The Irish Civil War sweeps over their lives like an evil fog. “It is no small thing,” Roseanne notes, “to shoot a person. Yet in those days it seemed to be considered a thing of small account.” A gunman seeking burial for his dead brother triggers a chain of events that leads to her father’s death and eventually poisons her happy marriage to Tom McNulty, Eneas’ brother. (I’m not revealing any plot elements here that haven’t already been mentioned in “The Whereabouts of Eneas McNulty.”) An unholy alliance of revolutionary politics and the Catholic Church condemns her to life in the asylum, where her story is uncovered by a psychiatrist, Dr. Grene.

“The Secret Scripture” reads, at times, like a play utilizing the familiar device of patient and psychiatrist, and one wonders if Barry didn’t first consider the material as a drama. The novel, perhaps a tad more complex than it needs to be, is composed of three contrapuntal parts: Roseanne’s memories, Dr. Grene’s observations, and their conversations. Each strain has its own peculiar tone, which unfortunately leads to the book’s only major flaw: though he becomes obsessed with her story, Dr. Grene’s voice can’t possibly grip our imagination like Roseanne’s, whose recollections are laced with poetic fragments of things sometimes only dimly remembered. (She recalls German bombers raiding Belfast in World War II as flying from the west — surely a mistake unless the Luftwaffe had an unknown base in Iceland.)

The subjective nature of memory and how it shapes our perception of the past are two of Barry’s major themes. Though he does not acknowledge it, “The Secret Scripture’s” title almost certainly derives from a poem by Thomas Kettle, an Irish poet and patriot who, like the fictional Willie Dunne, was killed in World War I. Shortly before his death, Kettle wrote in “To My Daughter Betty,” that he fought “For a dream born in a herdsman’s shed, And for the secret Scripture of the poor.” (The verse is inscribed on a memorial to Kettle in St. Stephen’s Green.)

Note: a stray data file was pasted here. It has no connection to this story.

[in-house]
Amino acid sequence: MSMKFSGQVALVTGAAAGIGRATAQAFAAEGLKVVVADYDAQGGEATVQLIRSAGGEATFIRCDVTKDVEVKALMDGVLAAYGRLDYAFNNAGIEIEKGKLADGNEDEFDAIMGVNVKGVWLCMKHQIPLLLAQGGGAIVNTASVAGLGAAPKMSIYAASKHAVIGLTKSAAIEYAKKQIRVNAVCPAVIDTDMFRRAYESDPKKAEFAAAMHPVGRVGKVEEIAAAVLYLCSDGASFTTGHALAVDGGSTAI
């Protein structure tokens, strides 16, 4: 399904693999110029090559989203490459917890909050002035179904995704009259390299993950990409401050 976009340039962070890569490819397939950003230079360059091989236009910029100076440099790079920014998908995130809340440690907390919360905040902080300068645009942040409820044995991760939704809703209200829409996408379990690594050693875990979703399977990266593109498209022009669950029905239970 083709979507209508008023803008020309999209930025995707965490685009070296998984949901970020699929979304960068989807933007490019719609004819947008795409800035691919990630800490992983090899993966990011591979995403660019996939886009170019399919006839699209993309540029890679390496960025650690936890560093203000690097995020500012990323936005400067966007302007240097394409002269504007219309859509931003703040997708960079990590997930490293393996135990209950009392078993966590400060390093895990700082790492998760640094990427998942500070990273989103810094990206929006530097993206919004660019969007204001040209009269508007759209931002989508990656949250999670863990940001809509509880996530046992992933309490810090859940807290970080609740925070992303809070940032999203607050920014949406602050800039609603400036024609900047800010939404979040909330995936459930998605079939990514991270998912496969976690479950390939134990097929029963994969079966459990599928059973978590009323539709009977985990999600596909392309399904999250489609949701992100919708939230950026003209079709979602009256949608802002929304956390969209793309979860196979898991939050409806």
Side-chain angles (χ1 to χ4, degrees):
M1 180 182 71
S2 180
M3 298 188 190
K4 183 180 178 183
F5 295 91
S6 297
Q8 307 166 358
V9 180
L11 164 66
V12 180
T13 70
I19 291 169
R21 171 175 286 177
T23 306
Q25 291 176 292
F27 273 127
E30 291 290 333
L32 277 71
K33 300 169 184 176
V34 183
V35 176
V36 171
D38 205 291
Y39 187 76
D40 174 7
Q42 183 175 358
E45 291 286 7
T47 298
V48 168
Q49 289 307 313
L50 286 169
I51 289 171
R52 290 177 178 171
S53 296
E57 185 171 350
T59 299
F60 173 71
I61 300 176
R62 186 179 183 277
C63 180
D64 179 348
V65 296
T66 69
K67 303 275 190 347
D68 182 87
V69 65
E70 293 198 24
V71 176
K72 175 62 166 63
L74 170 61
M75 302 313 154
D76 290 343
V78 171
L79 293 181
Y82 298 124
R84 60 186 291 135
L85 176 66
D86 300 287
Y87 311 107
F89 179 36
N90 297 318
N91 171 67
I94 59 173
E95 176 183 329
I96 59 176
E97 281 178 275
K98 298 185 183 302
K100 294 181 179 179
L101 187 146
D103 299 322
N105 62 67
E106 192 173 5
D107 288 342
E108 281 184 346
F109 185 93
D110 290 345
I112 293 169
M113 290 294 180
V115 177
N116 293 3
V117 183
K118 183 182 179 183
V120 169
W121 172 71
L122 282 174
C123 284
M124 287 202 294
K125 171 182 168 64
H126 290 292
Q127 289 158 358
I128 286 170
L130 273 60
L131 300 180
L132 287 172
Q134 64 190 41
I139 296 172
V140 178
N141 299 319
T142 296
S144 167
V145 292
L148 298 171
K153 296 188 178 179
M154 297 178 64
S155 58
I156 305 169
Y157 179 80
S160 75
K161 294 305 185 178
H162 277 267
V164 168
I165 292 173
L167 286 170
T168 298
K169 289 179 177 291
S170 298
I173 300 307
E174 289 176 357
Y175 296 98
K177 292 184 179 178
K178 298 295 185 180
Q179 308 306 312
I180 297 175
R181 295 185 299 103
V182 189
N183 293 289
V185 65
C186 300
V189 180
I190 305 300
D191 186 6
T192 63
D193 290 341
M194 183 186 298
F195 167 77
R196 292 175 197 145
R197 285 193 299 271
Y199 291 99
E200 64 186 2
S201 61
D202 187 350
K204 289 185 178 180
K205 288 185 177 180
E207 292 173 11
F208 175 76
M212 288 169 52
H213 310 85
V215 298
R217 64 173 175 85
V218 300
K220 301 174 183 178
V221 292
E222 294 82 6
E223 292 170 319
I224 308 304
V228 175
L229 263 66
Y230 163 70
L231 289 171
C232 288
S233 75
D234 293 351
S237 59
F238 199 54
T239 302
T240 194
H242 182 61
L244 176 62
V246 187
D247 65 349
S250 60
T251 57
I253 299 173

The phrase serves as a skeleton key not merely for this novel but for all of Barry’s work. The Irish Revolution and Civil War make up a backdrop for modern Irish writers as surely as the Civil War did for Faulkner. Though the Irish would surely like to believe otherwise, the past, for them as for Faulkner’s generations, “is not dead. It is not even past.” Barry has indicated in interviews that his ancestors were on the side of those loyal to the British — one of them was even named Thomas Dunne — but his work has little to do with actual politics. He isn’t interested in which side was right or wrong but in how the lives of people were affected by events and how unrighted wrongs continue to live on, haunting the lives of those who follow. “I do remember terrible dark things,” Roseanne writes, “and loss, and noise, but it is like one of those terrible dark pictures that hang in churches, God knows why, because you cannot see a thing in them.” The revelation of one of those dark things may or may not shock the reader, but it convincingly shocks one of the major characters, and that’s what counts. “Morality,” Dr. Grene concludes, “has its own civil wars, with its own victims in their own time and place.”

Sebastian Barry’s achievement is unlike that of any other modern Western writer, a tapestry of interrelated works in different mediums woven from strands of his past and that of his country. “The Secret Scripture” fits seamlessly into a vision that seeks to restore with language that which has been taken away by history.

Allen Barra cowrote Marvin Miller's memoirs, A Whole Different Ballgame. His latest book is Mickey and Willie: The Parallel Lives of Baseball's Golden Age.